India's Uttarakhand State Government Approves Anti-Conversion Law | Persecution

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India’s Uttarakhand State Government Approves Anti-Conversion Law

ICC Note: India’s Uttarakhand state has become the seventh state to put into force an “anti-conversion law”, joining Orissa, Madhya Pradesh, Chhattisgarh, Gujarat, Himachal Pradesh and Jharkhand. Christian observers are concerned the addition of the anti-conversion law will only increase the persecution of Christians in Uttarakhand. Often, anti-conversion laws are used to falsely accuse Christian leaders of forced conversions.

04/30/2018 India (Morning Star News) – Uttarakhand has become the seventh state in India to put “anti-conversion” legislation in force.

Gov. Krishna Kant Paul on April 18 signed the “Freedom of Religion” bill (Dharma Swatantrata Adhiniyam), which the state Legislative Assembly passed.

“The bill has been signed by the governor,” Ravi Bijarniya, assistant director for information in the governor’s office, told Morning Star News.

Despite confirmation from the governor’s office, sources at the Uttarakhand Legislative Assembly (Vidhan Sabha) denied receipt of the signed bill.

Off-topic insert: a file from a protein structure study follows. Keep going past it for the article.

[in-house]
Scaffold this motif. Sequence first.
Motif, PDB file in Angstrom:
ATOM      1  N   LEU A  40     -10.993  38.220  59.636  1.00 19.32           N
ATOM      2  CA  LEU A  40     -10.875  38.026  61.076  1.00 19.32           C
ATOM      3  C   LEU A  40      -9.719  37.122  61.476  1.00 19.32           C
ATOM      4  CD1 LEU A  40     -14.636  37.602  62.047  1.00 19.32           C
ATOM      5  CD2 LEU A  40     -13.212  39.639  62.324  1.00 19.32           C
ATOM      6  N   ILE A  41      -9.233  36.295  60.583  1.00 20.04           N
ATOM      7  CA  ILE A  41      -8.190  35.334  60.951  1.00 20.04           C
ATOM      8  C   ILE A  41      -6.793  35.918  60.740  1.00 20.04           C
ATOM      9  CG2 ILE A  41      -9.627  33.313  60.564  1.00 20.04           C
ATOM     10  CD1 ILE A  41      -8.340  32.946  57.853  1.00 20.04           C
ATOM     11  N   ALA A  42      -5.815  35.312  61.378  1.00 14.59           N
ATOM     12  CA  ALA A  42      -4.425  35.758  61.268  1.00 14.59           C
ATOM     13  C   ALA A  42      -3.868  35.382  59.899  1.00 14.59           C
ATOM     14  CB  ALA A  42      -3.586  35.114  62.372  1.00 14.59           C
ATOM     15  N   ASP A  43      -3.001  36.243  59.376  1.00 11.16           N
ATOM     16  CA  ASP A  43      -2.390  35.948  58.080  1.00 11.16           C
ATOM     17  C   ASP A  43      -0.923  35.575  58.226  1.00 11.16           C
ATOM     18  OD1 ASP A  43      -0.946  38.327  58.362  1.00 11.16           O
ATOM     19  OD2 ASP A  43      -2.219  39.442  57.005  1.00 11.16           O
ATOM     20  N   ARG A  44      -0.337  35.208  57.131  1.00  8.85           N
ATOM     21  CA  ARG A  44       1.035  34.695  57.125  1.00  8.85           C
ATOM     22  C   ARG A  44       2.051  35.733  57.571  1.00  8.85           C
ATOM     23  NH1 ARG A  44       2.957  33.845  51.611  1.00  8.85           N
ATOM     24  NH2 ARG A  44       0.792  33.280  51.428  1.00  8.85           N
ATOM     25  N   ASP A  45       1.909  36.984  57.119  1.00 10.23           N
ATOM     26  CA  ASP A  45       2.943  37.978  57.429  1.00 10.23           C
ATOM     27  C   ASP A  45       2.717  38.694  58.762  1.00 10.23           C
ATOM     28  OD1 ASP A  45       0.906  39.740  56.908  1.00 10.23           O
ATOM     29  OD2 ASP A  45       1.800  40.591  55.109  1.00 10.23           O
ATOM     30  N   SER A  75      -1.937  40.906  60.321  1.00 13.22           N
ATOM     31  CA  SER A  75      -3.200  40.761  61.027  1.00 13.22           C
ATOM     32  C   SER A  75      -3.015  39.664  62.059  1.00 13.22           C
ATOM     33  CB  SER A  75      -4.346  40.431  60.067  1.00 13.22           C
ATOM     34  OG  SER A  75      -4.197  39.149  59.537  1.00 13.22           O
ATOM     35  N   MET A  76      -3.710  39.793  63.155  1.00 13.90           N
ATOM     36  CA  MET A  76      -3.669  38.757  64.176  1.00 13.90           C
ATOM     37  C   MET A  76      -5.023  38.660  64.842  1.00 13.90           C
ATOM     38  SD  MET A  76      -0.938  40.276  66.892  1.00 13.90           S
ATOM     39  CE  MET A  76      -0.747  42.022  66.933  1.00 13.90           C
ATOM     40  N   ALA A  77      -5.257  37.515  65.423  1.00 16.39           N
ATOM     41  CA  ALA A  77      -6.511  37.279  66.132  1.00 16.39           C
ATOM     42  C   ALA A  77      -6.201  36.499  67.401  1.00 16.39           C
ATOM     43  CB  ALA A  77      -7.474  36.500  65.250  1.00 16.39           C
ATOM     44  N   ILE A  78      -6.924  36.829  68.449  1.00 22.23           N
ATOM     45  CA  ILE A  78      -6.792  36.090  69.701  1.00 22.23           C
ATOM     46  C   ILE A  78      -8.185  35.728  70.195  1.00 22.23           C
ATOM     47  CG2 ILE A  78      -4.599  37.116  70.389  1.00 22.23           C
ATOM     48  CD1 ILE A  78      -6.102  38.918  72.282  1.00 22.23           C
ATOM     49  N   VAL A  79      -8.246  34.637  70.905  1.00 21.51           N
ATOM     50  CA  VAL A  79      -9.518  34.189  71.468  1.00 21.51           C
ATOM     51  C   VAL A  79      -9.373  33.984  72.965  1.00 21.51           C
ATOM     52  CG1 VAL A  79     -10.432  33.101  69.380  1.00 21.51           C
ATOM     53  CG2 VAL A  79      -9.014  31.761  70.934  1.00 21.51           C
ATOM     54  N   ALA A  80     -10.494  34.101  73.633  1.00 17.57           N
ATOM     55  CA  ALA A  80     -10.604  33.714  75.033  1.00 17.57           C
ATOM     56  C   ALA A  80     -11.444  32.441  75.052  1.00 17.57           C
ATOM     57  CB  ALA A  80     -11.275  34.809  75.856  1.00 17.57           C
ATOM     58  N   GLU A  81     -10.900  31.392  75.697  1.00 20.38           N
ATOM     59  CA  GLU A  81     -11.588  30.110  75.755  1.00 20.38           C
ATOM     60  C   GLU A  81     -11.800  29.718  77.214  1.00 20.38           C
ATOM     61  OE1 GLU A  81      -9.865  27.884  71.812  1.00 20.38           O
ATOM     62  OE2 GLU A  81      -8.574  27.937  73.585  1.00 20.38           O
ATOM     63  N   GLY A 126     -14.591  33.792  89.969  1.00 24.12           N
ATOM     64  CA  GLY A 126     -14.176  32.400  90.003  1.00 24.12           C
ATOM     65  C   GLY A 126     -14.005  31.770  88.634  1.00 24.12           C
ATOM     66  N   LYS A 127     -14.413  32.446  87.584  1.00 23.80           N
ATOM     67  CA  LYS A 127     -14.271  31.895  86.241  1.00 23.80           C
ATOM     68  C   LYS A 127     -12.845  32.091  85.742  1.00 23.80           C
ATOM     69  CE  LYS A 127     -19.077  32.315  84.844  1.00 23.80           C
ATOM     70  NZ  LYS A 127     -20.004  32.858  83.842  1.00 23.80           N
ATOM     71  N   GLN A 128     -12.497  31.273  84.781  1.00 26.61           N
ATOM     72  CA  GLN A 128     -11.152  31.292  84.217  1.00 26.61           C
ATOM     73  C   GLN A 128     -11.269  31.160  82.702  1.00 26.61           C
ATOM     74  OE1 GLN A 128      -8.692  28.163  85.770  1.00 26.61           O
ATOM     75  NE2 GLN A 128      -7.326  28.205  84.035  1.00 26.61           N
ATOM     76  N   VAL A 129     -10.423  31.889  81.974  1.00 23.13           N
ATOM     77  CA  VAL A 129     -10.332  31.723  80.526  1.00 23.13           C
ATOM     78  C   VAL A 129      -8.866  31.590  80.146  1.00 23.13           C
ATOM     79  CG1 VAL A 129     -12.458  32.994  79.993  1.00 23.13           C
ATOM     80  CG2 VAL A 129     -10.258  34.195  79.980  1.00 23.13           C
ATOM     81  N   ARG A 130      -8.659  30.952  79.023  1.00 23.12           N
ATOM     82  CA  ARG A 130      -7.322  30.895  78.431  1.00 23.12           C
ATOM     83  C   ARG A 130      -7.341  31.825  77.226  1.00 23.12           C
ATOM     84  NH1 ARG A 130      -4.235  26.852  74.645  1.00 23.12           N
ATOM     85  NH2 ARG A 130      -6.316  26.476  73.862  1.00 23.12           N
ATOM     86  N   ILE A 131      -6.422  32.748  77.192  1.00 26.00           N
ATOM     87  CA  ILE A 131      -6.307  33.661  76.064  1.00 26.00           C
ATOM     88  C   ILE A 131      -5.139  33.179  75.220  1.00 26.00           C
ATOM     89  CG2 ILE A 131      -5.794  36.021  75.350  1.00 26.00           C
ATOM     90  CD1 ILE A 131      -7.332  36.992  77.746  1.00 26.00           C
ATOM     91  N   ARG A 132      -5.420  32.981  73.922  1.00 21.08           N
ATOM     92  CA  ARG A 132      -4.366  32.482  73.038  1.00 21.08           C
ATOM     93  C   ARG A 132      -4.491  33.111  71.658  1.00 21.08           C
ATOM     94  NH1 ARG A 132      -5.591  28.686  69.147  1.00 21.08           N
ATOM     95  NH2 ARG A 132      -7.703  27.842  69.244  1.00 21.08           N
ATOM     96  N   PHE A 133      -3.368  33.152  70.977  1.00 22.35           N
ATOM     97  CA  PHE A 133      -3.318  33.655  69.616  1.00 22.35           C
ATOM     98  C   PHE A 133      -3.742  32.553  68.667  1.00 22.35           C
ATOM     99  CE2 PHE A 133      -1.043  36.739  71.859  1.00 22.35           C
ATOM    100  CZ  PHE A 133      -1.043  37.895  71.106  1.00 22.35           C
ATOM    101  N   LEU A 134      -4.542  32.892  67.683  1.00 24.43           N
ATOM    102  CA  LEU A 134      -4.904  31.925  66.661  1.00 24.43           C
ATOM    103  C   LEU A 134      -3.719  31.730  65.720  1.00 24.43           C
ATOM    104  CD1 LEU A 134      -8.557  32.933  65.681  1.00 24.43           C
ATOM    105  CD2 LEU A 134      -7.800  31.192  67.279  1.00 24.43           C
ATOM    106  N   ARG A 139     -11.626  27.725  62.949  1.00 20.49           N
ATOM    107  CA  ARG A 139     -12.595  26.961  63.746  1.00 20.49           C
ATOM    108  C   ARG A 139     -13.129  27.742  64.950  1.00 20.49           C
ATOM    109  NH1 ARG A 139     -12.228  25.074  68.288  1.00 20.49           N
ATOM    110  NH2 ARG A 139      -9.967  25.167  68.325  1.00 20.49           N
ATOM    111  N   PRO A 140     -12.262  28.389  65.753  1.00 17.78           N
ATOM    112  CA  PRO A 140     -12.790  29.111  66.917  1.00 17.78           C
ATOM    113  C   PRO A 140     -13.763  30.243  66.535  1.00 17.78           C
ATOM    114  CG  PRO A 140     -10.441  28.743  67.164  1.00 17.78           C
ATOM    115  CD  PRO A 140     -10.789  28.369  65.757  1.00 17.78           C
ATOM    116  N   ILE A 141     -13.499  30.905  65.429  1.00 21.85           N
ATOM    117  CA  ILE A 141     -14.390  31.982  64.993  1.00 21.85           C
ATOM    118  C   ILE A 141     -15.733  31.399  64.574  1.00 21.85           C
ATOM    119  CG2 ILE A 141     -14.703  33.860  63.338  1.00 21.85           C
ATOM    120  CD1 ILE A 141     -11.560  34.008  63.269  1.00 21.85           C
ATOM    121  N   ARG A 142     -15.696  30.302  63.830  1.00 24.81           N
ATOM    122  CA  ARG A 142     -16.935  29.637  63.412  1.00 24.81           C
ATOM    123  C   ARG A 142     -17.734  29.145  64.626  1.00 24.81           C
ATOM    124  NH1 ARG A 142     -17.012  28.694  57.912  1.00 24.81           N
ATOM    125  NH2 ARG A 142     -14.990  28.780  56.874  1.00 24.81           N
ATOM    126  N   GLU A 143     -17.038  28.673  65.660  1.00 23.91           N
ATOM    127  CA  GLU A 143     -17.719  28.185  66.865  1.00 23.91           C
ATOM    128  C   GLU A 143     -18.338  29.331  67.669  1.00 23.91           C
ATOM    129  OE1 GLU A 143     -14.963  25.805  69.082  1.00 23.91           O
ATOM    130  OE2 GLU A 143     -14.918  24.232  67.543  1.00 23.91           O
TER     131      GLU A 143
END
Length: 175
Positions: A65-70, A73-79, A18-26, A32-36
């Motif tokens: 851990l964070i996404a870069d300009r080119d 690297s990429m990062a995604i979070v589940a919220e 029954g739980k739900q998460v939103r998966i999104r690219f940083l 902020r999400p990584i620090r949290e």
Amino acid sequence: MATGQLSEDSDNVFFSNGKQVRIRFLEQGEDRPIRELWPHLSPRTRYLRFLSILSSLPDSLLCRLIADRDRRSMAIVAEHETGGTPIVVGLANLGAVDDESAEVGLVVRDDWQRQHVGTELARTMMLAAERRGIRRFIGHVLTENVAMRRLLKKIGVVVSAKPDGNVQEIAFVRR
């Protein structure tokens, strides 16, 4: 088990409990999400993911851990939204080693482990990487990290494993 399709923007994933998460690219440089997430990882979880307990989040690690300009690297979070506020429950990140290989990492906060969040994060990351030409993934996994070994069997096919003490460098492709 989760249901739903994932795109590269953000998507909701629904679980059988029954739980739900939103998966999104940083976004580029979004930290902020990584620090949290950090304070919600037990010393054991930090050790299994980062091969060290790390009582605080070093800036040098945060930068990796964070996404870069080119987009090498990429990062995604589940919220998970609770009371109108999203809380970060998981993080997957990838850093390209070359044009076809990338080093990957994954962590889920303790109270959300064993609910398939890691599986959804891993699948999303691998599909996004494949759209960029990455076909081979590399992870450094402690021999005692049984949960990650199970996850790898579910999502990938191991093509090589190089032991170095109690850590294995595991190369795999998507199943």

“We confirm the receipt of 10 bills, which do not include the anti-conversion bill,” Officer on Special Duty R.B. Pant told Morning Star News. “We had sent the anti-conversion bill for approval on April 17, and if it has been signed, we might receive it soon.”

While staff members of the concerned office deny receiving the signed bill, local media and Jagran, a national newspaper, have reported the news of the governor’s approval of the bill and enforcement of the act.

Uttarakhand now joins Orissa, Madhya Pradesh, Chhattisgarh, Gujarat, Himachal Pradesh and Jharkhand as states that have adopted anti-conversion bills, which Hindu extremists routinely use to falsely accuse Christians of forcible or fraudulent conversion.

Dr. John Dayal, spokesman for the United Christian Forum and the All India Catholic Union, told Morning Star News that enacting the anti-conversion law was driven by the ruling group’s communal agenda.

“It fails the very basic test of explaining to the world the need for having such a law,” he said. “There is no forcible or fraudulent conversion in the state to the Christian or Muslim or Sikh faiths shown either by the Census data or by the police statistics. In the absence of such reality, the only explanation can be that it is to threaten the minority communities or to curb the freedom of religion of the Dalit and backward communities whose rights are being crushed by the upper castes which exercise political power in the state.”

The ruling party came to power on a “rabid communal platform,” he added.

“We will challenge such a law, in the court of law and the court of public opinion,” Dayal said.

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